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Thursday, 11 July 2019 18:47

Speakers at Southern CAA Meeting Discuss “The New Battleground”

Written by Victoria Antonelli
The California Autobody Association (CAA) meeting was held on May 2 at Craftsman Collision in Long Beach, CA. The California Autobody Association (CAA) meeting was held on May 2 at Craftsman Collision in Long Beach, CA. Victoria Antonelli


Several prominent industry members took the podium on May 2 to educate the southern California Autobody Association (CAA) attendees on the importance of implementing OEM standards—the latest vehicle technology from manufacturers—and I-CAR updates that prepare technicians for the future.


The evening began with a meet and greet and Italian-style dinner at Craftsman Collision in Long Beach, CA. Later on around 7 p.m., Melanie Allan, chapter president and vice president of business development & sales at Craftsman Collision, read the antitrust laws and led the Pledge of Allegiance.


Scott Simmons from Collision Advice was the first speaker. Simmons has conducted 50 education courses already this year and is on track to complete 70 before 2020, he said. During his trainings, Simmons stresses the importance of operating from a “negotiation and cultural change perspective.”


“The purpose of my portion is to get shops to rethink their approach to training as well as how they approach their thought process for negotiations,” he said.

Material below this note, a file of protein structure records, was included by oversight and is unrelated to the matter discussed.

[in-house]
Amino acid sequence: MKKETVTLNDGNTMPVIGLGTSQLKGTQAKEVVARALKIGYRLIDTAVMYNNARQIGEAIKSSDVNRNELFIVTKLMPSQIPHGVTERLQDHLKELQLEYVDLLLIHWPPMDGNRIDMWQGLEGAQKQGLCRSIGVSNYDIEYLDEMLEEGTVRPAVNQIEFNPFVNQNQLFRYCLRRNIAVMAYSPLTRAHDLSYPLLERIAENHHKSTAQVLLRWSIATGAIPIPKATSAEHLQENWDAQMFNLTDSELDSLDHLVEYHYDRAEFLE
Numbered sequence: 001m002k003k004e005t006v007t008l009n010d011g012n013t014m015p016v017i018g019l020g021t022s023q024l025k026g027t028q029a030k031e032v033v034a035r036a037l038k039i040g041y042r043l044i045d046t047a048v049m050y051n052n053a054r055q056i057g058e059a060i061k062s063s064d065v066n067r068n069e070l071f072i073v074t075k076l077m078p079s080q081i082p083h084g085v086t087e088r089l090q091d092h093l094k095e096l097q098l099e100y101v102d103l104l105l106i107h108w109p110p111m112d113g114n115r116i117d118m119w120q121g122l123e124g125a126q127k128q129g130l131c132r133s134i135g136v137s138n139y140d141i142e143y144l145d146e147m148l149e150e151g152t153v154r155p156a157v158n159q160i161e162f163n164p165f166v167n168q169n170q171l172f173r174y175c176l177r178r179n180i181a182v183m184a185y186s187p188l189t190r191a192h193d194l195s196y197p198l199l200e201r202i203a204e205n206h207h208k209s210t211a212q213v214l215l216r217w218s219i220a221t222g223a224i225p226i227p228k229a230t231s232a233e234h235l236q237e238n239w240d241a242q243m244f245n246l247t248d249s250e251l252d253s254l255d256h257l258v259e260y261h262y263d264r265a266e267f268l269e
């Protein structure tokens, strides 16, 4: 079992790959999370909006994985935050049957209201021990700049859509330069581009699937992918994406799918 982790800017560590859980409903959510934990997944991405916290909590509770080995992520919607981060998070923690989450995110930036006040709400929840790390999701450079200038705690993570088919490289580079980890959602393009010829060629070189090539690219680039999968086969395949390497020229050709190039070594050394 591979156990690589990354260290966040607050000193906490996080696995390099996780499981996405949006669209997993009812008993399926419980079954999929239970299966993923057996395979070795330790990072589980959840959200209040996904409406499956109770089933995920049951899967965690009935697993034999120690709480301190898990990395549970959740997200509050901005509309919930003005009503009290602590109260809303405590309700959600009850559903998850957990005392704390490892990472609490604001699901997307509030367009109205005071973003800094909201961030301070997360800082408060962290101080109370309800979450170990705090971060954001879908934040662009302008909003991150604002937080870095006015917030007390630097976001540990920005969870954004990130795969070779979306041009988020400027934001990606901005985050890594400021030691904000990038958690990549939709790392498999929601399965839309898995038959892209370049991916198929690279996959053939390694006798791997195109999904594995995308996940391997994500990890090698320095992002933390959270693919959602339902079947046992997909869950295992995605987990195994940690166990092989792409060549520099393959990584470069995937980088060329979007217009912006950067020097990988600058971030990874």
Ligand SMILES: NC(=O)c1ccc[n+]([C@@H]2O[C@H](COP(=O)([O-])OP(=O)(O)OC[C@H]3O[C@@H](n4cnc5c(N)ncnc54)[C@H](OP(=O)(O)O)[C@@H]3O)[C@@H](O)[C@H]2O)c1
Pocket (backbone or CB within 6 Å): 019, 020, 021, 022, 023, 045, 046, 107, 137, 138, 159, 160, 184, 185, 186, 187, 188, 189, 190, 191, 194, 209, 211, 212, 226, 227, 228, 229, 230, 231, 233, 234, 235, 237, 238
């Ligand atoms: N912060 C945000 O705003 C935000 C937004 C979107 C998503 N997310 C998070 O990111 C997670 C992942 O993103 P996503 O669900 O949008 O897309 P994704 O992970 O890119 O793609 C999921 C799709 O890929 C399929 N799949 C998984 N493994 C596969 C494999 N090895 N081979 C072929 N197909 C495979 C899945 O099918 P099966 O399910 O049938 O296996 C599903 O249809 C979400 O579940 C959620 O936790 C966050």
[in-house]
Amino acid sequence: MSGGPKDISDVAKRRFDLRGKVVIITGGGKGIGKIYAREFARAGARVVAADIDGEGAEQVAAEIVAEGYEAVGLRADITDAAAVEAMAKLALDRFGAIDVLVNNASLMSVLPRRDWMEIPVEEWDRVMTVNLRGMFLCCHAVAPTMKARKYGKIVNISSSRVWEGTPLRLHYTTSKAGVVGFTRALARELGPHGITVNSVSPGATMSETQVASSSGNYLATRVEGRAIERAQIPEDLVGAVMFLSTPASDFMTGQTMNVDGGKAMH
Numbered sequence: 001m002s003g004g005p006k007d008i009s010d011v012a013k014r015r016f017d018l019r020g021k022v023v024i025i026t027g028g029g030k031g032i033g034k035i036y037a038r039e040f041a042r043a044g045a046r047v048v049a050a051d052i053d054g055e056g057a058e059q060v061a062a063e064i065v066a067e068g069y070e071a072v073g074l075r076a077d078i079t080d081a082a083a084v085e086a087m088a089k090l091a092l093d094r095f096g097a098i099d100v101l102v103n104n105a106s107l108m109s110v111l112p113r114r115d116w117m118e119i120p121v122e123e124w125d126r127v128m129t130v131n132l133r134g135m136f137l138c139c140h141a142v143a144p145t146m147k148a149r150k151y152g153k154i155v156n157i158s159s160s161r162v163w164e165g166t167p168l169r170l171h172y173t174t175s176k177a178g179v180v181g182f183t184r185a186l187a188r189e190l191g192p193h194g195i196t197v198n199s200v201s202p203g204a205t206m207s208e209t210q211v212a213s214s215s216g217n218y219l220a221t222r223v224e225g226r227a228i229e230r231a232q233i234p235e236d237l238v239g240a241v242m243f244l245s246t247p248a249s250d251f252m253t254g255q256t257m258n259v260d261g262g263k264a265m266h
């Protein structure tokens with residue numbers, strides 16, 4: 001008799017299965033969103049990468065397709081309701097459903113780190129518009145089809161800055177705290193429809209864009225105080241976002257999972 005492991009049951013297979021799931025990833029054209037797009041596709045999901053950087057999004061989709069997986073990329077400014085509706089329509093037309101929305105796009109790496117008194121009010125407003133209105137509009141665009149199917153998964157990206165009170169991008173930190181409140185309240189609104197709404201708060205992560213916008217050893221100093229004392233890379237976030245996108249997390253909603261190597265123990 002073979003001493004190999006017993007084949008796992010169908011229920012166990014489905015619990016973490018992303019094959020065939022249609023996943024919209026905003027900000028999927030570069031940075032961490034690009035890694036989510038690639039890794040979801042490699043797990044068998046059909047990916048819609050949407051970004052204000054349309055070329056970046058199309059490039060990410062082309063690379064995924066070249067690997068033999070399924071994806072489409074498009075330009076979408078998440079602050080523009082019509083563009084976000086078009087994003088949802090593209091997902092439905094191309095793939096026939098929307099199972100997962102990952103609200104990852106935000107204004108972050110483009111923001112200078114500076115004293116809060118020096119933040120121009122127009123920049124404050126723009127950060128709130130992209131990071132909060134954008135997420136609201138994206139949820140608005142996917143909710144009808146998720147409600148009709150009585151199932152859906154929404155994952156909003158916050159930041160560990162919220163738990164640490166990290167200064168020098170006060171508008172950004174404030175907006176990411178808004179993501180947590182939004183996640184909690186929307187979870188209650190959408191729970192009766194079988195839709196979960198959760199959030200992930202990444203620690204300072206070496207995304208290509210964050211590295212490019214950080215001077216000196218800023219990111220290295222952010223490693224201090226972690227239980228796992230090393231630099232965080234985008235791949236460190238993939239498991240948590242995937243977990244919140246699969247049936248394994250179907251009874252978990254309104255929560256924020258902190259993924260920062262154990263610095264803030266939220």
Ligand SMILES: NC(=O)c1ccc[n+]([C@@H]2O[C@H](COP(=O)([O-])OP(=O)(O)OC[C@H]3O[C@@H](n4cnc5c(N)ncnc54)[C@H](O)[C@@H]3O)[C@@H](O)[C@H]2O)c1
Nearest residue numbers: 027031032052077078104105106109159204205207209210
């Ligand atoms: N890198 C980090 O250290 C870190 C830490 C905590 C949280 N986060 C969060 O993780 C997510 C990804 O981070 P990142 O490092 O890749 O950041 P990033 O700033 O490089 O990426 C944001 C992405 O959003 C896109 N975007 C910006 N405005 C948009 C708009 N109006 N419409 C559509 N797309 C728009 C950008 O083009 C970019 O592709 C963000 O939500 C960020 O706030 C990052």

Simmons asked the audience, “Do we agree that what we’re working on is the same as five years ago, last year or even last month?”


The crowd of 50 attendees answered “no” in unison, to which Simmons replied, “If we do business the same way we always have and expect a different result, we’re insane.”


“We have to approach it differently,” he said. “Code is the way I’ve been approaching it; I’d like to think it’s the new battleground.”


When it comes to approaching vastly new technology advancements in the industry, Simmons used the saying, “we don’t know what we don’t know.”


“Can a technician be expected to know how to repair a vehicle today? No,” he said.


Simmons said shops should focus on the following four items:


  • Providing training
  • Correct tools
  • Correct materials
  • Providing instructions


“That’s where the OEM repair procedures, necessary steps and information become so critical, because [technicians] and [body shop owners] can’t be expected to know how to repair the vehicle without performing the OEM procedure research,” he explained.


Simmons then clarified the difference between opinion and judgment when partaking in a negotiation.

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